The £25 million sale of the Tulchan estate in the Highlands represents a new high for sales – but the ominous cloud of a second independence referendum hangs over future deals, writes Rasika Sittamparam
What’s the price of a slice of sporting paradise in Scotland? £25 million it seems, if the record-breaking sale of the 21,000-acre Tulchan Estate in Morayshire in the Highlands is anything to go by. The taker, Russian-born vodka billionaire Yuri Shefler, joins an elite and growing group of significant foreign landowners in Scotland. This includes Anders Povisen, a secretive Dane who supposedly owns one per cent of the entire country.
Shefler’s Tulchan estate is prized for its ‘exceptional’ pheasant shoot, grouse moors and eight miles of superlative salmon and trout fishing on the River Spey. The estate has been frequented by Edward VII, George V, George VI and Theodore Roosevelt. Its Edwardian shooting lodge sleeps 26.
Naturally enough, trophy estates like these are not priced by the acre, according to Evelyn Channing, a Scottish rural director from Savills, which was identified by The Times as the agent in the Tulchan sale. Instead, it’s all about ‘what’s in the sporting bag’ – and whether it’s grouse, stag or salmon, the value equates to the combined total of the average prices each individual sport has acquired over a decade. In the case of Tulchan the salmon fishing is regarded as among the best in Europe, giving it an obvious market premium.
So does this sale show that Scottish estates are on the up? Not quite, it seems. Because the elite Scottish estate market is so small and each property so varied, it’s not possible to calculate a trend, insists Channing. That said valuations have been stable over the past decade, with around 20 estates on the market each year priced between £5 and £10 million.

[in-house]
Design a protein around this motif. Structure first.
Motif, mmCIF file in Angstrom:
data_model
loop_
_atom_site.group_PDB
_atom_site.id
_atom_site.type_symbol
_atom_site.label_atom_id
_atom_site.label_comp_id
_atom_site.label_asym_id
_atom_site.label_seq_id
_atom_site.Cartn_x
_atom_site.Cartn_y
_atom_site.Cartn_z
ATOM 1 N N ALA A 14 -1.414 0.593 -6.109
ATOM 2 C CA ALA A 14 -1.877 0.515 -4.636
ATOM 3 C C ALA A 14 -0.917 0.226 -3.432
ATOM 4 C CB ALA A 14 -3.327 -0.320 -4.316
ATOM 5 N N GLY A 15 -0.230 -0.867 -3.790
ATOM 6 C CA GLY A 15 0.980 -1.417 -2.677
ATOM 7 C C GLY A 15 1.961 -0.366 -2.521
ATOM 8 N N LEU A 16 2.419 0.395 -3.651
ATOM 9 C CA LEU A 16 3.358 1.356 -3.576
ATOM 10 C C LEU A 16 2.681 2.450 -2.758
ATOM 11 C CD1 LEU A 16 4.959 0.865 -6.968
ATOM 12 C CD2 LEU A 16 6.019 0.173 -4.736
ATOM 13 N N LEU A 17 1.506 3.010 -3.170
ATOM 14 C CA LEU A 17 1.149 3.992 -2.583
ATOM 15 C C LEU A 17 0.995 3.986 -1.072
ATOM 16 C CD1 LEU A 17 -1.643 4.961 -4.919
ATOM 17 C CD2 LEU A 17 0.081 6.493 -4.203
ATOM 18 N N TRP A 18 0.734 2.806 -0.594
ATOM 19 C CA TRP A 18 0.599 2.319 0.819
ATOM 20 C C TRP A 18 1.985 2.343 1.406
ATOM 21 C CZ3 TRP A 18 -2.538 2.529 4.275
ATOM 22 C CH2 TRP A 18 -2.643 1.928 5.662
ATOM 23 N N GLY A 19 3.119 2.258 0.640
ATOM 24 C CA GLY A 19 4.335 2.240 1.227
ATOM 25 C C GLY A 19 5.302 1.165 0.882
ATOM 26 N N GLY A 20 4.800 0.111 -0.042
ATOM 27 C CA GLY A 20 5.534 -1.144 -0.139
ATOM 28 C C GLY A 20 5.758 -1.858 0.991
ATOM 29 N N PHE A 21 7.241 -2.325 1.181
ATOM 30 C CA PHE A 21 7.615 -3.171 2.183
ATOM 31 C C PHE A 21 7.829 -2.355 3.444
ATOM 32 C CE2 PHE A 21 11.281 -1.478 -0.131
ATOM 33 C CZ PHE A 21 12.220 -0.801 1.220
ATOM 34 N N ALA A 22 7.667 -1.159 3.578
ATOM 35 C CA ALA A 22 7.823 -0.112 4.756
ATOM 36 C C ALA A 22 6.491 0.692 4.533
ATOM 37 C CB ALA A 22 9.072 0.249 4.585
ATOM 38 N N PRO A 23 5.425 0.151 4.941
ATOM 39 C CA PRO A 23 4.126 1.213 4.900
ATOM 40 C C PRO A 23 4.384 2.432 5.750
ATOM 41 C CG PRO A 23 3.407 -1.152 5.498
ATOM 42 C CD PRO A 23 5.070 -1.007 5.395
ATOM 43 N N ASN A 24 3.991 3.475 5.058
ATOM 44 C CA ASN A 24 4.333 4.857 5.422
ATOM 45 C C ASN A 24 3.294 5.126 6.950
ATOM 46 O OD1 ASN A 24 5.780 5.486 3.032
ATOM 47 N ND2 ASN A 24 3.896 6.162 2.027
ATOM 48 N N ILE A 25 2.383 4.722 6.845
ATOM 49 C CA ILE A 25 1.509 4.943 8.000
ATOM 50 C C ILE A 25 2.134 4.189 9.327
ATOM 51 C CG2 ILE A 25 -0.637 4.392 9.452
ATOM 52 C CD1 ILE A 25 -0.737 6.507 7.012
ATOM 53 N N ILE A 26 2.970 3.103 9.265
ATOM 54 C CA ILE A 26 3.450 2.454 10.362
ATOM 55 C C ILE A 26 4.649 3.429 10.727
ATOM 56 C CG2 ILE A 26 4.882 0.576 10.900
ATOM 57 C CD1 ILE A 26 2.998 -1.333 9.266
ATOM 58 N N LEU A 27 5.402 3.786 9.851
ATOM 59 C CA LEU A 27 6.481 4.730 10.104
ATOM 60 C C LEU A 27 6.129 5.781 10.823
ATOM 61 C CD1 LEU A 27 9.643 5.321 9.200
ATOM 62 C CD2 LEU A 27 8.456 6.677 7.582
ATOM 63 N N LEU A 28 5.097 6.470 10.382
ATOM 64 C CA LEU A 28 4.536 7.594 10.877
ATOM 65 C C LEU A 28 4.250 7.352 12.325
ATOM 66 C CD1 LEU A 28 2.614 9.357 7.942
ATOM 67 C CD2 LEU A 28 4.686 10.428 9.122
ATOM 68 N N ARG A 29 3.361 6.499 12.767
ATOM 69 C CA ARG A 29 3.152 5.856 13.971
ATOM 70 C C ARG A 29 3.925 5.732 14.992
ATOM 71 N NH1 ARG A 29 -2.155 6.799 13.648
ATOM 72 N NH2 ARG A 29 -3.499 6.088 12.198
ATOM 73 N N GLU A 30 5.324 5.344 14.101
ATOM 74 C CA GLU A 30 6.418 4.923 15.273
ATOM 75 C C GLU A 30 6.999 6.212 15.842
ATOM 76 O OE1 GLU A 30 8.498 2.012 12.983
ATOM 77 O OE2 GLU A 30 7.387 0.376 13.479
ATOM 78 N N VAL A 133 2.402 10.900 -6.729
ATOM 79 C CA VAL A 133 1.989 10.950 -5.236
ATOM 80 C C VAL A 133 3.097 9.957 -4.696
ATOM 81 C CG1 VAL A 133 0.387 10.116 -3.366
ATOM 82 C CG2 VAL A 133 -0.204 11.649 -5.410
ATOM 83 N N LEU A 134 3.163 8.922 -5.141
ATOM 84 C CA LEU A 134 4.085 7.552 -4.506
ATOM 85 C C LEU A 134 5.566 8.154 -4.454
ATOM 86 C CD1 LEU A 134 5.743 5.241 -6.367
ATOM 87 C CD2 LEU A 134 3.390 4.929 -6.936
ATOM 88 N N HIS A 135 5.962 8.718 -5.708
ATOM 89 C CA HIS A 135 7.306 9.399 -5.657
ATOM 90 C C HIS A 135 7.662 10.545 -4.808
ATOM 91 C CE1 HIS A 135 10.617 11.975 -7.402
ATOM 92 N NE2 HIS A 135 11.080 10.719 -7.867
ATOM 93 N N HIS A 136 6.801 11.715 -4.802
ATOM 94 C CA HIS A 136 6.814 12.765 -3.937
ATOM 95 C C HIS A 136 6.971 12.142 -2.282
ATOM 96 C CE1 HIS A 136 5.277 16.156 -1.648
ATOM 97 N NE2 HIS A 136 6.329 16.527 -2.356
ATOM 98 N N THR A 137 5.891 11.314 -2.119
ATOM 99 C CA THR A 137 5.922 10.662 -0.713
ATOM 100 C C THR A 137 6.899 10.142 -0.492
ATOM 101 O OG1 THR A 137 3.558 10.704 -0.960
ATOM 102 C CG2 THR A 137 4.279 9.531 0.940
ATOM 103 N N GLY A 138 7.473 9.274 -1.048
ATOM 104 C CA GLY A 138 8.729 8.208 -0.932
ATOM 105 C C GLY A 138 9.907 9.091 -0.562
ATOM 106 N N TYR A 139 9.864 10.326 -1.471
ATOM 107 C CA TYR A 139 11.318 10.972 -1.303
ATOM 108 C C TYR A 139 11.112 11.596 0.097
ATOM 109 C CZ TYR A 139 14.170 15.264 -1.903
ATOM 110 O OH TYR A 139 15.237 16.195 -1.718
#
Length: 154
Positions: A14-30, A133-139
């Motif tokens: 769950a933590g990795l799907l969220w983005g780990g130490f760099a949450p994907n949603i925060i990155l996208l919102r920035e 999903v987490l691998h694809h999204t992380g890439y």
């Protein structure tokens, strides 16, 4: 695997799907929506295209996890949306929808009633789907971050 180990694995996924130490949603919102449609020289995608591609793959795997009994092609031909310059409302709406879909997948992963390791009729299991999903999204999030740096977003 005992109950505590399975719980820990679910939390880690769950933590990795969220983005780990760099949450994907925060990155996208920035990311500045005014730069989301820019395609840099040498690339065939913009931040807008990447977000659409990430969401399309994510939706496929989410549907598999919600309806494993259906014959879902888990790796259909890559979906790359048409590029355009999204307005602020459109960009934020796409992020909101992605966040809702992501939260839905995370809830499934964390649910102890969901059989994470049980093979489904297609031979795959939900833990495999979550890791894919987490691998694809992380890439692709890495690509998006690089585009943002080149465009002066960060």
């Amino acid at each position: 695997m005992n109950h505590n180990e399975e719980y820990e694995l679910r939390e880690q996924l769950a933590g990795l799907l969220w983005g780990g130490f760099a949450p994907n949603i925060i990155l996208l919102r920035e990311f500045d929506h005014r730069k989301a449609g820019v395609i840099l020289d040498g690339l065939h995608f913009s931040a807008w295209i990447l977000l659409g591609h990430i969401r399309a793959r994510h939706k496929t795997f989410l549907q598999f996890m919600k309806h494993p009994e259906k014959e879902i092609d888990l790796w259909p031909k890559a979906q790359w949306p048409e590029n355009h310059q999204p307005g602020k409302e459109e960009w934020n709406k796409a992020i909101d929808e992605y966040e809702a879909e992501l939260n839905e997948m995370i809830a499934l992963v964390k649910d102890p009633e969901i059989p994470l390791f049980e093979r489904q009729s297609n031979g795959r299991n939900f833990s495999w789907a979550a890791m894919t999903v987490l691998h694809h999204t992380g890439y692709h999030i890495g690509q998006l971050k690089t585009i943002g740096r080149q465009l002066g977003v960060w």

And with the rarity and the complexity of such properties, buyers are patient and discerning, willing to wait for a decade even to find the dream estate with a sporting bag to match their country passions. The economics here is not complicated: ‘There’s not a huge amount to choose from, so when the right thing comes up it tends to sell,’ adds Channing.
Although Channing has seen the Scots’ rural market reach a record number of 24 deals in the last decade in 2016, she is wary of the dampening effect the first Scottish referendum had in 2014, when vendors and their estates ‘didn’t really come into the market’. The possibility of a second referendum alone may have a similar effect in the years ahead: ‘Some people have declared that they’ll wait until that uncertainty is removed before they come into the market.’
But there are many buyers who are less fazed by uncertainty, as the ‘peace and tranquility’ such an estate offers – as most purchases are often for pleasure rather than business – is an idyll. It is what makes trophy assets so desirable, to both UK and foreign buyers: ‘You can’t replicate the Scottish scenery anywhere else,’ says Channing. Something that the new ‘laird’ of Tulchan will no doubt be raising a glass of vodka to.
Rasika Sittamparam is a researcher at Spear’s